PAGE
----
The total invasion "from Transcarpathia to the Don"

It is beyond the reach of the Russian Federation, we have already talked about it in this article (link) and, in any case, impossible to justify.

What will happen then?

In conclusion, according to the writer, the most probable hypothesis for the very short period is that, not neglecting the use of diplomacy but also through continuous but fluctuating pressure on Ukraine with asymmetric warfare means and, only as an accessory means of pressure, passing through the recognition of the independence of the two people's republics of Luhansk and Donesk, effectively transformed into Russian protectorates not annexed to the Federation (which would be unsustainable from a socio-economic point of view), Moscow will offer to Kiev and the West peace in a new regional order that puts aside the one after 1991. I mean to the current one, in which the former socialist countries and even some ex-Soviet republics have secured themselves under the umbrella of NATO and Russia seems to be playing the figure of the poor relative of the Soviet Empire.

Russia's primary objective is to convince NATO by all means to guarantee security in Europe along the Rome-Berlin meridian, as it was during the Cold War rather than the Bucharest-Warsaw one, as it is now.

The accessory objective, even if sold as a primary one, is to ensure that Ukraine never becomes a host of defense systems of the Atlantic Alliance and that it does not equip itself with a "sky dome" capable of neutralizing the Russian threat.

What would we Italians gain if it crossed the Moscow line? If we went back to the Rome-Berlin meridian, we would have the certainty of being the first line of the next East-West conflict.

What if Russia is not satisfied?

If NATO considers eastward enlargement and willingness to welcome new members a truly non-negotiable point, it goes without saying that Moscow will use Ukraine to overturn the table, regardless of Kiev's responses. Let's be clear: the question is not Ukraine's accession, which is not realistic in the medium term, but the retreat, at least partially, of the defenses placed in Poland and Romania.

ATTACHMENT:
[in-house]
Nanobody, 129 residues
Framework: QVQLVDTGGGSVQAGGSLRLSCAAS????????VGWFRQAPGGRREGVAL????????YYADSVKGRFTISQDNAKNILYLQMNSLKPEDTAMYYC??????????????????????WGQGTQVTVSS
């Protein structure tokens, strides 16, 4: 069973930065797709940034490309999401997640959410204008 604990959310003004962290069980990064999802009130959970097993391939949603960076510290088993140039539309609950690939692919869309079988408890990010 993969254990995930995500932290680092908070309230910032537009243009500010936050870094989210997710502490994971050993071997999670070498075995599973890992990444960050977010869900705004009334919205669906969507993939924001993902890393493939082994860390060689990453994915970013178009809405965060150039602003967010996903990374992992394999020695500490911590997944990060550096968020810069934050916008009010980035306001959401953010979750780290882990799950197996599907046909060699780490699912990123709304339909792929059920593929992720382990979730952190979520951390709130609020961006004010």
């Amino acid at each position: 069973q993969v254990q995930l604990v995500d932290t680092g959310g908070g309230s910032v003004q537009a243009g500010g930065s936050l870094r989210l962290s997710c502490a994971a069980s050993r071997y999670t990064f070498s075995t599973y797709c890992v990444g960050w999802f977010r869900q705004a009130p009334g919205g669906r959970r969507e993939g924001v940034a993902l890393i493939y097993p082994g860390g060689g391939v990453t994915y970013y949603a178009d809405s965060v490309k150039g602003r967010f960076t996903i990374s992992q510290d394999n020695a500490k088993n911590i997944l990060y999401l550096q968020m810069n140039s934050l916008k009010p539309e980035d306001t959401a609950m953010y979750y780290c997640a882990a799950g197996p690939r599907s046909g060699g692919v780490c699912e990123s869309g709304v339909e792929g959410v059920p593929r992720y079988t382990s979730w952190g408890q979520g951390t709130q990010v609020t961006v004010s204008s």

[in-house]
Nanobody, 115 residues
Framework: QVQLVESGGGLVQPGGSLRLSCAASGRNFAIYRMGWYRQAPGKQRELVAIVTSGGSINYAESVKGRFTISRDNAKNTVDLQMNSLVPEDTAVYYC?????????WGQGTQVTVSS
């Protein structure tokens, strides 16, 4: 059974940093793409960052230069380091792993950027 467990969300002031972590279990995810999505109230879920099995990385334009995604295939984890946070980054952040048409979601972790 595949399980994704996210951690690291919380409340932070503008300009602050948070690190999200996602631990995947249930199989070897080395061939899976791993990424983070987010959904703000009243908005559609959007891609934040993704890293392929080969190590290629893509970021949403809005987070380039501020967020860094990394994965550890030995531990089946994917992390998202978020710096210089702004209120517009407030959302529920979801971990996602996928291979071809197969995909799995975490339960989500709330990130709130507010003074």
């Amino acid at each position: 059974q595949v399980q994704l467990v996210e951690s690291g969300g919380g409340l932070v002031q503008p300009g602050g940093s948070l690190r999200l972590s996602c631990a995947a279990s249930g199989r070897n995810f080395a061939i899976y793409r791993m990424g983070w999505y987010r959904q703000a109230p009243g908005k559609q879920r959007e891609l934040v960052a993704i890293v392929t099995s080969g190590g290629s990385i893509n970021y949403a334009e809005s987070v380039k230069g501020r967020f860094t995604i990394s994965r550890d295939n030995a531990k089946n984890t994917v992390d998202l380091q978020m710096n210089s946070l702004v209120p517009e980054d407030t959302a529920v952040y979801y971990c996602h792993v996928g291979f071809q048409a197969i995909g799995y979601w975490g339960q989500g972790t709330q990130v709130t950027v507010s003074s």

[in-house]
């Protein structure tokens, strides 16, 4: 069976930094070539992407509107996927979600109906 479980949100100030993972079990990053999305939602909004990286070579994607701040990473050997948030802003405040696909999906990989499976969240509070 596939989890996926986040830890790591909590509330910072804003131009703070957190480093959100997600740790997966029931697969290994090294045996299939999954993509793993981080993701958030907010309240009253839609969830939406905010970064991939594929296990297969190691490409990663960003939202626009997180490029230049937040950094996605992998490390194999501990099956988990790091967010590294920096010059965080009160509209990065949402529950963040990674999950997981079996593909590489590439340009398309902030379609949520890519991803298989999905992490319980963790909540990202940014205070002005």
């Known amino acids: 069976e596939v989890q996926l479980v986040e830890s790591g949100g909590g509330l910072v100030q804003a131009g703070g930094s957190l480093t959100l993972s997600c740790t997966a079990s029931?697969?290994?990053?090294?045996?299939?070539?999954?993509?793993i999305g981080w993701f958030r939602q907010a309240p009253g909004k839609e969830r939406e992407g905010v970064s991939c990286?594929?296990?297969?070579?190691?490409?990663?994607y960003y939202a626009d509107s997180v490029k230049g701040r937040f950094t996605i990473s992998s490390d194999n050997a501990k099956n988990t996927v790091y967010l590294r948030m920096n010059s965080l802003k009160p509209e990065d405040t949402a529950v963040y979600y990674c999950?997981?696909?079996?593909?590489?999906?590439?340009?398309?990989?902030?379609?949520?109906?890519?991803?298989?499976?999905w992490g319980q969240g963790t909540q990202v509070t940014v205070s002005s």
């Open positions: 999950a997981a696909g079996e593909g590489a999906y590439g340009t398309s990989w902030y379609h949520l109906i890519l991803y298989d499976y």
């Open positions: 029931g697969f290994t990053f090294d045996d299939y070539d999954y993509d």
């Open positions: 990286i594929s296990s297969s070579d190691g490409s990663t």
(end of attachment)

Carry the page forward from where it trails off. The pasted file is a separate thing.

Equally important is the availability for Kiev of armaments, equipment and advisers provided by Washington and allied countries to resist Russian pressure. Let's not forget what was written a few days ago (see article): Moscow and Washington have assembled this whole case only to decide that NATO should shift the hinges of Europe's defense against the formidable Russian missile systems from the former socialist countries to the Italy-Germany line of the past. In this way, Kaliningrad, effectively a potential Russian gun aimed at Europe's temple, would no longer run the risk of being suffocated in the event of a war with conventional weapons and the Baltics could be forced to recognize the Baltic Sea as a Russian lake. But this is a story that, as talented liars, neither Russian nor Western politicians will tell you ...

What will happen after the negotiations are likely to fail? In the short to medium term, Moscow will create an air and land ban on its own within the Ukrainian territory, hitting the armed forces of Kiev and the infrastructures to the point of forcing them to retreat 300-500 kilometers from the Russian western borders. , the Sea of ​​Azov and the Crimea, which is over a third of Ukraine. It will do so by relying on the lack of security guarantees as internal proof. By doing so, the Kremlin will avoid, among other things, moving mechanized troops and especially infantry within Ukrainian territory, where mines, artillery and resistance are there waiting for them to carry out a massacre, which Putin certainly cannot afford. with a view to re-election.

In short, the most likely thing is that we will slip from the first to the third scenario, unless Moscow and Washington, over our heads, decide that the "New Europe" can in part be sacrificed. But as good liars, they don't tell us this: we will find out only by living ...

Photo: TASS